twisted into a wry smile. “I’d better, if this is going to work.”
“So, when you said you need to check for bugs, I assume you mean the mechanical ones?” Eric shoved his hands in his pocket and stepped back.
“Yeah.” Ben set the sprayer on the carpet, pulled his bug detector device from his pocket, extended then antenna, switched it to vibrate, and turned it on. Then he walked slowly around the room, searching for all possible locations a wiretap or bug could be hidden. “The downside to my cover is that you’ll have to pay to get your home and office sprayed.”
“Not to worry. We’ll manage.” Eric walked to the window. “I’m glad you’re the one on this case, after all that’s happened in the past couple weeks. This game is starting to get dirty. I want to know who’s been tailing me and who hired the dirtbag.”
“We can guess at the who-hired-him part.” Ben moved a chair beneath the ceiling fan in the center of the room and climbed up to examine the fixture. “Your opposing candidate has to be the one who did the hiring. But your decision to come to Bayou Miste was good. We should have no problems spotting a stranger. Hopefully, we’ll have this business wrapped up in a day or two.”
Ben’s wishful thinking was overriding his patience and good sense. All he could think of was that he wanted out of Bayou Miste as quickly as possible.
Last night at the Raccoon Saloon had been a shock to his system. The sight of Lucie LeBieu waiting tables in her Hooters-style short-shorts and that ridiculously minuscule t-shirt had raised his heart rate to runner’s speed. For the first five minutes, he’d thought she was her twin sister, Lisa, until someone shouted her name. Damn, she’d gotten even more beautiful over the past seven years. And every time he recalled those shorts and her incredibly long legs, his blood flowed south in a New Orleans minute, entering places it had no business going. Especially where Lucie LeBieu was concerned. If she didn’t want anything to do with him seven years ago, she surely didn’t want him now.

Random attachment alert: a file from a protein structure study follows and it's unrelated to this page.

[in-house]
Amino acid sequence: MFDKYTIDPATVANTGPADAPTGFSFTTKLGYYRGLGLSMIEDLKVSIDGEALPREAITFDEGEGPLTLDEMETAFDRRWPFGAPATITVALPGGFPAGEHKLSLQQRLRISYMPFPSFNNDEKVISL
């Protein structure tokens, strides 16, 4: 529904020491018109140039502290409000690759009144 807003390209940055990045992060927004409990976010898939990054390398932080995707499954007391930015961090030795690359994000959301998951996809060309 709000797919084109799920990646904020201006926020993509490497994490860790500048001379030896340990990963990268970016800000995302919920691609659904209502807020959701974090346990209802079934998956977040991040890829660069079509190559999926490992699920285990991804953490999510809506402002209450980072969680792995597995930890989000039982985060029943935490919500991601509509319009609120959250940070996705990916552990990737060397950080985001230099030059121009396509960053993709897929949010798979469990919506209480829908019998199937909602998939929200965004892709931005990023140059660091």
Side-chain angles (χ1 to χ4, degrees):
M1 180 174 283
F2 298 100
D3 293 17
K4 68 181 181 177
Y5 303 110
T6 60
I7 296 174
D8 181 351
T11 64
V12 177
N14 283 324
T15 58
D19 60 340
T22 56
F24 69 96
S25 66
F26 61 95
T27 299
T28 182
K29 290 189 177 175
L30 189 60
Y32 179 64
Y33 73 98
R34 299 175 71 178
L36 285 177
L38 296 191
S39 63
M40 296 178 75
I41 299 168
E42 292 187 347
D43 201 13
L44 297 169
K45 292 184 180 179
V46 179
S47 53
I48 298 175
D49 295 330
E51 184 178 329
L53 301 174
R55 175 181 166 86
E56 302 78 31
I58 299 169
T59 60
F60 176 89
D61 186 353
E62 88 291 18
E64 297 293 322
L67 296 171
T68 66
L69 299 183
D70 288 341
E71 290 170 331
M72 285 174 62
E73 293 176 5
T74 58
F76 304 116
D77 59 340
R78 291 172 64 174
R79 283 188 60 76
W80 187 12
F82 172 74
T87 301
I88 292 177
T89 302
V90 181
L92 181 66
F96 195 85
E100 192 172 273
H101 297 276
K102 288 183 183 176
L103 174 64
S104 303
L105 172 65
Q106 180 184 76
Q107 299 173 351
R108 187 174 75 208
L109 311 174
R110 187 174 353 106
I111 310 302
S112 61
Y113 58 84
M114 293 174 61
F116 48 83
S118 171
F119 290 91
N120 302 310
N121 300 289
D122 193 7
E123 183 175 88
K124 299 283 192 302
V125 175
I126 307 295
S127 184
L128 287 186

But those silky smooth thighs, tinged mocha by her Cajun-Creole heritage, called to him, even now. The chair he stood on wobbled, jerking him back to Eric’s office at Littington Enterprises. He shouldn’t be thinking about Lucie when he had a job to do. Concentrate on the task at hand and you’ll wipe her clean from your mind .
“Enough about the case.” Eric hooked his thumbs into his belt loops and rocked back on his heels. “How about that waitress last night at the Raccoon Saloon?”
The chair rocked violently. Ben waited until he had it back in control before he answered. “What waitress?” So much for wiping Lucie from his mind .
“Don’t play dumb with me. You were there, too.” Eric stared hard at him. “As I recollect, you couldn’t keep your eyes off her.”
Schooling his expression into his best poker face, he hopped down off the chair, ignoring Eric’s words. He continued his search for hidden devices, scanning around the rim of the large oak desk dominating the room. If his stomach was a little knotted, he didn’t need to share that information with Eric. He and Lucie LeBieu were no longer an item.
“Her name’s Lucie LeBieu, isn’t it?” Eric didn’t wait for an answer. “Beautiful, just beautiful. She’s one hot latte. I can’t get over her.”
You and me both, buddy . Hell. Did he say that out loud? Ben looked at Eric. When Eric didn’t respond, he breathed a silent sigh.
“Wasn’t she the kid who used to tag along behind us in school?” Eric shook his head, staring out the window. “She’s grown into quite a woman. And those legs.” Eric whistled. “Wow.”
Ben’s stomach did a flip-flop. Oh yeah, the legs. At times, deep into the night, he could still feel them wrapped around his waist. He circled the desk and dropped onto his back to scan underneath. Out of Eric’s view, he adjusted his coverall, appalled